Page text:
• Thanks for sharing with me.  I really appreciate it.  Honestly, after a glutening last summer (still do not know what glutened me), I did not eat out for a year!  The risk was too great as my healing time took 3 months (for symptoms to subside) and six months to regain lost weight.  Our recent vacation to Europe was worth the risk  as we traveled with our entire extended family, but we were extra cautious and ate only at celiac-approved places.  Otherwise, we "dined" at markets or ate the food we brought from home.  Thankfully, we did not get glutened (at least we don't think so!)  
    • I do not struggle with this and I was brought up the same way as you. I don't struggle because for many years off & on we didn't have a bathtub, only showers as well as this being therapy or medicinal for the skin - heck even for the muscles as I age. I figure I've earned my right to luxuriate or medicate with baths any time I've a mind to. My husband saw just how bad my dh got & NEVER begrudges me a nice long soak in the big soaking tub we now have.
    • Hi, No, I do not have celiac  disease. I have an ankylosing spondylitis which is an auto-immune disease provoking an inflammation of the joints. Under the advice and supervision of my doctor and the professor at the hospital I follow a gluten free & casein free diet, which is extremely successful in preventing inflammatory events. And I've been doing so, strictly, for more than 6 years. So I'm not Celiac, but I can tell you that I react strongly every time I take gluten even in small amounts. Even soya sauce, which according to this website has an almost zero dose of gluten, is a lot too much for me. Nevertheless I allow myself to eat food which has been processed in a factory which processes gluten. To conclude, I would say that when you are travelling, especially in a country where celiac disease is scarcely known, you should be twice as careful as when you're going out at home. In the end you can never guarantee that the cook has cleaned his pan after using soya sauce and so on... You can only bet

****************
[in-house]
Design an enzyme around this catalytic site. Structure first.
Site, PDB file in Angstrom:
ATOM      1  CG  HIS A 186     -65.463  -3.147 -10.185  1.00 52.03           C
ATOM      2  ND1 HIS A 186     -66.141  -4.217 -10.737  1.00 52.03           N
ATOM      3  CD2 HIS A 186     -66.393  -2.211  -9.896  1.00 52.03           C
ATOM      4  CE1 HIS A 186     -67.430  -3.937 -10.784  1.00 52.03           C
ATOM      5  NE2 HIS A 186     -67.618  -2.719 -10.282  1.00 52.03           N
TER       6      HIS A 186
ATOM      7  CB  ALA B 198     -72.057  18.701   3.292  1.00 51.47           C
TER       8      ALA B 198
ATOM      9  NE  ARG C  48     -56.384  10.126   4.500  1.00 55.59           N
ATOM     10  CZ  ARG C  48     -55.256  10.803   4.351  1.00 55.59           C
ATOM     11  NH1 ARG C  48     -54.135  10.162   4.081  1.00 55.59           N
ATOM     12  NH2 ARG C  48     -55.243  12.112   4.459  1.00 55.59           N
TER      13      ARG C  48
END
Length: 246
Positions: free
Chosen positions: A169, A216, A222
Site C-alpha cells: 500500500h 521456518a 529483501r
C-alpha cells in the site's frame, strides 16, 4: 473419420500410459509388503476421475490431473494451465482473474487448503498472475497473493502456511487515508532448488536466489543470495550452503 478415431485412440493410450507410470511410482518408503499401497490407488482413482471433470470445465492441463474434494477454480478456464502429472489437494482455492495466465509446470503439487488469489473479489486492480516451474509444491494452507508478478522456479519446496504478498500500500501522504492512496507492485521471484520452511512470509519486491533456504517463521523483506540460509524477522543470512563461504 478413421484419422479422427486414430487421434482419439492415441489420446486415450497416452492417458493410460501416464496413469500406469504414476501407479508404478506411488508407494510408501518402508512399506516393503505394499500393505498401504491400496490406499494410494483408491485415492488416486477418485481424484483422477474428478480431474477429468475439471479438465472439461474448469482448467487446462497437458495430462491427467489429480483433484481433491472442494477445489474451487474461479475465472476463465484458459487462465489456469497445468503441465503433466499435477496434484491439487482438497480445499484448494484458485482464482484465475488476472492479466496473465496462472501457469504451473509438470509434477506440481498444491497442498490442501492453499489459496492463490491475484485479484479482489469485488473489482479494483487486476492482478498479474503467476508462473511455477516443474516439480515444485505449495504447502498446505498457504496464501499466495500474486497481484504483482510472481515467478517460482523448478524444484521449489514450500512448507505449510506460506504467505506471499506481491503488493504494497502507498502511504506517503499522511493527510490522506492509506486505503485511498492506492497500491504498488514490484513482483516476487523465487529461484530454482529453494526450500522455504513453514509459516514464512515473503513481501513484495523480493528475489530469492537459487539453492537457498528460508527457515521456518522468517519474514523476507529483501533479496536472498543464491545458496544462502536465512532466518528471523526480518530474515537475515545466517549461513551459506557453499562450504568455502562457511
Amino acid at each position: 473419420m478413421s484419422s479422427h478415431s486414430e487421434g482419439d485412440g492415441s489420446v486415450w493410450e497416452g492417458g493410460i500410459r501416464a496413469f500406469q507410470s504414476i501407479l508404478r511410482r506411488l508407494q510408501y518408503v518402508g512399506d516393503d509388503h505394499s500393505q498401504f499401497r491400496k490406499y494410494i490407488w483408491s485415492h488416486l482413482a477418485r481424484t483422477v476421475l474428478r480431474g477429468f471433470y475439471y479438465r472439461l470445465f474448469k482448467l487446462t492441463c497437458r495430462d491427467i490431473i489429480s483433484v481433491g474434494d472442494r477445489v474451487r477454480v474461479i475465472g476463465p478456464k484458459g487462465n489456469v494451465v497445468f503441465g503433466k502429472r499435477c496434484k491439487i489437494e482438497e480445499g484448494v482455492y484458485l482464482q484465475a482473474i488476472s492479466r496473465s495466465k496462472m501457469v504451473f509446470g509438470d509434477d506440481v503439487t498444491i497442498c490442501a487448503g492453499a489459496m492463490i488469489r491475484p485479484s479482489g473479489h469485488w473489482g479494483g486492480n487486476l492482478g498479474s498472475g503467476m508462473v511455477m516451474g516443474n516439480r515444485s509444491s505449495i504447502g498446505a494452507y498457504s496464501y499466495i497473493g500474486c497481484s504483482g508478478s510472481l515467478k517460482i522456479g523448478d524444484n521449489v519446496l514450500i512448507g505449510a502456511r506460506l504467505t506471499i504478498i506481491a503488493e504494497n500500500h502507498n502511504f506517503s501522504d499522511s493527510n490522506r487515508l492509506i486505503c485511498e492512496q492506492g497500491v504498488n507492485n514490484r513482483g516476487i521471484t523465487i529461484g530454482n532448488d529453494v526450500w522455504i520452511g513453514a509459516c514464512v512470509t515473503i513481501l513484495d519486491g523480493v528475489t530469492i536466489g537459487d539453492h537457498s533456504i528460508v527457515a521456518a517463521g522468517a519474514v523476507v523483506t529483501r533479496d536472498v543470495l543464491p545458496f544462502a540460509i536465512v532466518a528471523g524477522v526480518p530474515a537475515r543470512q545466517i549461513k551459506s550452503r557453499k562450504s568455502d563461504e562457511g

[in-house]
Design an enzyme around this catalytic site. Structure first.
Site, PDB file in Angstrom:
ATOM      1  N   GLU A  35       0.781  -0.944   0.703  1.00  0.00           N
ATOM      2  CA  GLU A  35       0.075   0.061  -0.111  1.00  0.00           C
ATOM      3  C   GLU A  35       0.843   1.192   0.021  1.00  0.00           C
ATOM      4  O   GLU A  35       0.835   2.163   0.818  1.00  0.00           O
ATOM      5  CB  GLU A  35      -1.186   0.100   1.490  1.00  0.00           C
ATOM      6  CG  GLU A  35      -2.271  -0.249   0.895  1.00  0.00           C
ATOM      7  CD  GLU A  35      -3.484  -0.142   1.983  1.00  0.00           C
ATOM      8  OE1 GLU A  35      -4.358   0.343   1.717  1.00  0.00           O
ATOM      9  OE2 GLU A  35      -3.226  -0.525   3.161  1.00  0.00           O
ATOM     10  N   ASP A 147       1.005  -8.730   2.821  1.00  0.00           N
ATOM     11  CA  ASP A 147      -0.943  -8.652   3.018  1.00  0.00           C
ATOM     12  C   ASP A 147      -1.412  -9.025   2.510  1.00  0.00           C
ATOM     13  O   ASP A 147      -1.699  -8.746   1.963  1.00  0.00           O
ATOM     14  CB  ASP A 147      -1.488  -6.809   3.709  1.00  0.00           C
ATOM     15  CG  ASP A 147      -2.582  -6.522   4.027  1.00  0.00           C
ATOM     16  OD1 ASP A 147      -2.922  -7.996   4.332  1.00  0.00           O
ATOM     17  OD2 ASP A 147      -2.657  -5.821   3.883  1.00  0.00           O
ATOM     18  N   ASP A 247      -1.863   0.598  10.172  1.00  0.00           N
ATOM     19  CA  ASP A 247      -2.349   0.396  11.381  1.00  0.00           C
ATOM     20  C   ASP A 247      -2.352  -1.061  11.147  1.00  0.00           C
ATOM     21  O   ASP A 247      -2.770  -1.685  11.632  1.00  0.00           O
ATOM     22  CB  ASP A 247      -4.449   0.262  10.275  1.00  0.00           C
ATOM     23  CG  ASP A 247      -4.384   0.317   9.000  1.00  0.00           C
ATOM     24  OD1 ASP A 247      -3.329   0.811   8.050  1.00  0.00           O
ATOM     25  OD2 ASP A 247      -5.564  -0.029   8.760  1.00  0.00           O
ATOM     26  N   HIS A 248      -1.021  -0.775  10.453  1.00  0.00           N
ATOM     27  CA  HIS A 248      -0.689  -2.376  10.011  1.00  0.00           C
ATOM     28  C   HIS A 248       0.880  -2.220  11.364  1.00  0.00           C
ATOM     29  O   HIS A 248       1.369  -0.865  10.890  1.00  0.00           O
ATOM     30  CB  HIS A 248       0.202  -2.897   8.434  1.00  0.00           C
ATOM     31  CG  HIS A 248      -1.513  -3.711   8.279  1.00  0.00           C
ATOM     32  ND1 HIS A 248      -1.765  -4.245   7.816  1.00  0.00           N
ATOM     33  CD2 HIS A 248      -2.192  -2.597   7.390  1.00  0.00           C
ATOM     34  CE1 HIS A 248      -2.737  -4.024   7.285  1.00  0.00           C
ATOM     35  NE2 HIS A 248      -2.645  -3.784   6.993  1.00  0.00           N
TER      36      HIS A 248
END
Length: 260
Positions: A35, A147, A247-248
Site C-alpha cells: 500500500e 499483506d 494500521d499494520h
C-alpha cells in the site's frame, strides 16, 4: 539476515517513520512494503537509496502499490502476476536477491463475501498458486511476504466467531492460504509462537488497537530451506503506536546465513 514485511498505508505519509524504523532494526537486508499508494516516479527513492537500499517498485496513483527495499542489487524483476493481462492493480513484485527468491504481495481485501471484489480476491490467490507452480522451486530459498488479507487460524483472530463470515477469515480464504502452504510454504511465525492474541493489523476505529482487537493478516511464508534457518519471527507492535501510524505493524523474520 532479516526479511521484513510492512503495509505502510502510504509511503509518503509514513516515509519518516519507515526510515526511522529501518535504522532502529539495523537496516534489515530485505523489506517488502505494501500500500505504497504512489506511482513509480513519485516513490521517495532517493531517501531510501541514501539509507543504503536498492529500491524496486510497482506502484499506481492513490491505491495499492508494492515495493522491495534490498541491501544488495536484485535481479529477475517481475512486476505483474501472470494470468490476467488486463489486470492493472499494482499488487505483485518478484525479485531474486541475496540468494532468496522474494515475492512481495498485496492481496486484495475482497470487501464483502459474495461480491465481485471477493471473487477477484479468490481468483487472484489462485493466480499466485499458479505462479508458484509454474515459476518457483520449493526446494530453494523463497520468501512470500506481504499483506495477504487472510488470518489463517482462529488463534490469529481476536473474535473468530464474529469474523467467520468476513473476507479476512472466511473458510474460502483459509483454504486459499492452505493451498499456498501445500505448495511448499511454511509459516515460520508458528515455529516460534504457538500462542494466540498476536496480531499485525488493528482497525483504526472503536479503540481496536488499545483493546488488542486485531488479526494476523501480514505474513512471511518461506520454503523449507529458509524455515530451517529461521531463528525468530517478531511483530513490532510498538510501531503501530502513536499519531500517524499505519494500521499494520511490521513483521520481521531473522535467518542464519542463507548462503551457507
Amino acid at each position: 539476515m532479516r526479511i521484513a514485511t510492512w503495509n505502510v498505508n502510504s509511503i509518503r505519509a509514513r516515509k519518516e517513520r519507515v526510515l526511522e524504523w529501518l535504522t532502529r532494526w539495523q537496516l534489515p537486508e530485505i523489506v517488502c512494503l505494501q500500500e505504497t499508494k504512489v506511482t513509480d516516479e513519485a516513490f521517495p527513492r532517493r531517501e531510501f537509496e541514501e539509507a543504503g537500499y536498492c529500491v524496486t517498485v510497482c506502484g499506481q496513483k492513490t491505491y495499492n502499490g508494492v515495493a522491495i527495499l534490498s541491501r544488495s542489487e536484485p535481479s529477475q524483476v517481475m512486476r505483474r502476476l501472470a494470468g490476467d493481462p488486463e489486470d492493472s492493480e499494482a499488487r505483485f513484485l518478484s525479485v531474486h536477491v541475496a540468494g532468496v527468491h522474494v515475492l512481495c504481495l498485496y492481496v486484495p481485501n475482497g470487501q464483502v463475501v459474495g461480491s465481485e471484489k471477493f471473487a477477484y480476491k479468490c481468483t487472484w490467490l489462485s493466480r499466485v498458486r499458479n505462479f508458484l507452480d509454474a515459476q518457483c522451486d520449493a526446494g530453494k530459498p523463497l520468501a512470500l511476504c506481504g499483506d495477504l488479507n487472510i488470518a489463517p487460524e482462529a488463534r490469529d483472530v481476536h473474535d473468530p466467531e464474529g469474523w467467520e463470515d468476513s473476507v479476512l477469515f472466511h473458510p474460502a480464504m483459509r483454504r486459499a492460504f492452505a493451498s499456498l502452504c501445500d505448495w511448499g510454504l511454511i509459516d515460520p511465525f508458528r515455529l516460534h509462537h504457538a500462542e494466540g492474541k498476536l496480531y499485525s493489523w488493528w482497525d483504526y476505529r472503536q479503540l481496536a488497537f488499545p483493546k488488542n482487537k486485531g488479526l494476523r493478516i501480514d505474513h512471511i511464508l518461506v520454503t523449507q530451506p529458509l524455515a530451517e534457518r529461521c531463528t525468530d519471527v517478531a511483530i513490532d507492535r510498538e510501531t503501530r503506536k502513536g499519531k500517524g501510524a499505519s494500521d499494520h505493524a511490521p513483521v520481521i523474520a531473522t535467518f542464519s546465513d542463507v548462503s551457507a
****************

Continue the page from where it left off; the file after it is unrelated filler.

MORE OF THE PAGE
• Upcoming Events

  • Blog Entries

  • Recent Status Updates

  • Who's Online (See full list)

  • Member Statistics

    • Total Members
      61,121
    • Most Online
      1,763

    Newest Member
    Sambud
    Joined